Clojurescript HTML-entity decoding

I’m bringing in XML that comes with things like &rsquo; and &gt;; I want these decoded to display properly in a string as their entities (“smart” quotes, < and > signs). How can I do this, preferably without either including a library or resorting to a big decoding map?

Note that I do NOT want to generate HTML content on the page; I just want to see the characters. So far I made it as far in Closure as safehtml, but I don’t know if I’m barking up the wrong tree (Closure digging can be an arduous task).

As a further explanation, these html codes are being place into a data html argument which is rendered in a content: field by the CSS. In other words, I think i’m looking for a way to convert html-entities into css-entities. This is on-topic, if not a solution: https://www.w3schools.com/cssref/css_entities.asp

Further find: it looks like .net has this covered with CssEncode. Strange nothing is forthcoming in Closure/Clojurescript.

This sounds like two problems: (1) parsing input, which is XML, (2) formatting output, which is CSS.

The browser can parse XML into a DOM, right? Which would leaves you only with the question of how to find the applicable DOM node, nab the string from inside, and format that string as CSS.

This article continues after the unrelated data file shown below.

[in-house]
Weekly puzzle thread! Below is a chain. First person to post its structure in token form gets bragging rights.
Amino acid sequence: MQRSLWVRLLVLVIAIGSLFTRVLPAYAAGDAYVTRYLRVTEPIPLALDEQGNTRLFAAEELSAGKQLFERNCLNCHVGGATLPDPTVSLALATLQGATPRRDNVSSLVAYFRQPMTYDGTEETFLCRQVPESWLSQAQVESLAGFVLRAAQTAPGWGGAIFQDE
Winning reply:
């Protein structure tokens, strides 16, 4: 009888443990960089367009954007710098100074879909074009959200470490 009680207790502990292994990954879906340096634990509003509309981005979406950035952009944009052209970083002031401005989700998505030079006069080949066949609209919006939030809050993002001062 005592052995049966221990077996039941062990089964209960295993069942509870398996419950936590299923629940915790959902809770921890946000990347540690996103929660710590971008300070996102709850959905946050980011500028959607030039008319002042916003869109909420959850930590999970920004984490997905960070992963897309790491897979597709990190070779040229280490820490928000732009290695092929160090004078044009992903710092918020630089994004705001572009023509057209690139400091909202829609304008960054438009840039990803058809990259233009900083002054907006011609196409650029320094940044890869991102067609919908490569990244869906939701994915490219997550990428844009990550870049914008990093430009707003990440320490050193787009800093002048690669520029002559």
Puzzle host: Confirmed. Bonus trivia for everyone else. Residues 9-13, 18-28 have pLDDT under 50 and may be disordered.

for ClojureScript, maybe you import a package from npm https://github.com/mdevils/html-entities#usage ?

There’s no going around a big decoding map. You either write it by hand or you import a library that has it already defined.

I agree though that it’s a blind spot, even in the JVM.

For clojurescript, use javascript interop with the textarea trick:



or the he library:

For Clojure, use Jsoup, which decodes html entities even when you don’t want it to :upside_down_face:

EDIT: Sorry, missed the bit about needing to encode to css entities. I’m not sure how to do that part.

That blind spot is really stunning on the front-end, where I would expect both HTML-entities and CSS-entities to be handled with ease…

I believe we are in this situation because browsers have continually limited when and where they‘re trying to be smart about stuff that gets „evaluated“. Very little of all the web APIs is particularly developer friendly, the primary focus is stability/backwards-compat and integrity (on technical as well as user-intent levels).

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